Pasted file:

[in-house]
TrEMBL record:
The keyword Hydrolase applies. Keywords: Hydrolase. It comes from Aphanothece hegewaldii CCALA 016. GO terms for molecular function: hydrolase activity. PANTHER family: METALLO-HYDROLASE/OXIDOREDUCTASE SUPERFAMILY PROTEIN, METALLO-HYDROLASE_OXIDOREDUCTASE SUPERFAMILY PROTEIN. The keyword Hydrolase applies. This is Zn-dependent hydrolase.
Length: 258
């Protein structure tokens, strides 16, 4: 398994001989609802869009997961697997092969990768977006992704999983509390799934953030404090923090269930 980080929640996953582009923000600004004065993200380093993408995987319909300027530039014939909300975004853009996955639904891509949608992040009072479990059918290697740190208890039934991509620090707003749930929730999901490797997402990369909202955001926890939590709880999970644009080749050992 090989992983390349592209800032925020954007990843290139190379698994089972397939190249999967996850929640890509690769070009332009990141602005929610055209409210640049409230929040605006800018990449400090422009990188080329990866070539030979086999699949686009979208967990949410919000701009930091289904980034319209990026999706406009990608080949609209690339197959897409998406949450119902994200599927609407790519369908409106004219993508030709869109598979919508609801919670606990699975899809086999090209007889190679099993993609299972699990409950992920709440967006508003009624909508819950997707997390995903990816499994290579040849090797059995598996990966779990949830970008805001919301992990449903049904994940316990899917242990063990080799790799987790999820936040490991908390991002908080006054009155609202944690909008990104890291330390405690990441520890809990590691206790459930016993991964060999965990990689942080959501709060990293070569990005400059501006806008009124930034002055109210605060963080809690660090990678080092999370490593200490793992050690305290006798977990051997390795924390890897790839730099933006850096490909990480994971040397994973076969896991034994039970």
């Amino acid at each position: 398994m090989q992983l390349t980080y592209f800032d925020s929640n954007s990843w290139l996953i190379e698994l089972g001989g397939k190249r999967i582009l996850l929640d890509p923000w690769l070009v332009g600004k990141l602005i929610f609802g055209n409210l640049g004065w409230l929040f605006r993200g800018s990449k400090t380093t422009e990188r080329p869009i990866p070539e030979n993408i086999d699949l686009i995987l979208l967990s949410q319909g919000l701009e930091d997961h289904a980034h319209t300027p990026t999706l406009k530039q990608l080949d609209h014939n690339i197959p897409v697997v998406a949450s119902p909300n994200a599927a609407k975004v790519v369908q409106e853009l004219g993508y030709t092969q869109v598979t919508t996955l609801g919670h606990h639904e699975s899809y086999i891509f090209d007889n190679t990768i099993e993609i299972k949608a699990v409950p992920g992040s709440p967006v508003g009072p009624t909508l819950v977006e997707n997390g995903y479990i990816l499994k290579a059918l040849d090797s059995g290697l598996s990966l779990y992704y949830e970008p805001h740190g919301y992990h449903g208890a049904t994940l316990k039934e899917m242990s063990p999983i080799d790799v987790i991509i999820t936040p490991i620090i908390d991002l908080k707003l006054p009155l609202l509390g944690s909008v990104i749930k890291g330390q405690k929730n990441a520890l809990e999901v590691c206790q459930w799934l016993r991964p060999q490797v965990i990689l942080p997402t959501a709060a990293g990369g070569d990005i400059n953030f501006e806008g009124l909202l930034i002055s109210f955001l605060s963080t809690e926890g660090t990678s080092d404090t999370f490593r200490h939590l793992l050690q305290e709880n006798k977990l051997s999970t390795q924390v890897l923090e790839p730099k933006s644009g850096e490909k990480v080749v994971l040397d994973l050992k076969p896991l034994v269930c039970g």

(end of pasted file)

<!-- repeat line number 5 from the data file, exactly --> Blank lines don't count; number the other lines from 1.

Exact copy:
């Protein structure tokens, strides 16, 4: 398994001989609802869009997961697997092969990768977006992704999983509390799934953030404090923090269930 980080929640996953582009923000600004004065993200380093993408995987319909300027530039014939909300975004853009996955639904891509949608992040009072479990059918290697740190208890039934991509620090707003749930929730999901490797997402990369909202955001926890939590709880999970644009080749050992 090989992983390349592209800032925020954007990843290139190379698994089972397939190249999967996850929640890509690769070009332009990141602005929610055209409210640049409230929040605006800018990449400090422009990188080329990866070539030979086999699949686009979208967990949410919000701009930091289904980034319209990026999706406009990608080949609209690339197959897409998406949450119902994200599927609407790519369908409106004219993508030709869109598979919508609801919670606990699975899809086999090209007889190679099993993609299972699990409950992920709440967006508003009624909508819950997707997390995903990816499994290579040849090797059995598996990966779990949830970008805001919301992990449903049904994940316990899917242990063990080799790799987790999820936040490991908390991002908080006054009155609202944690909008990104890291330390405690990441520890809990590691206790459930016993991964060999965990990689942080959501709060990293070569990005400059501006806008009124930034002055109210605060963080809690660090990678080092999370490593200490793992050690305290006798977990051997390795924390890897790839730099933006850096490909990480994971040397994973076969896991034994039970």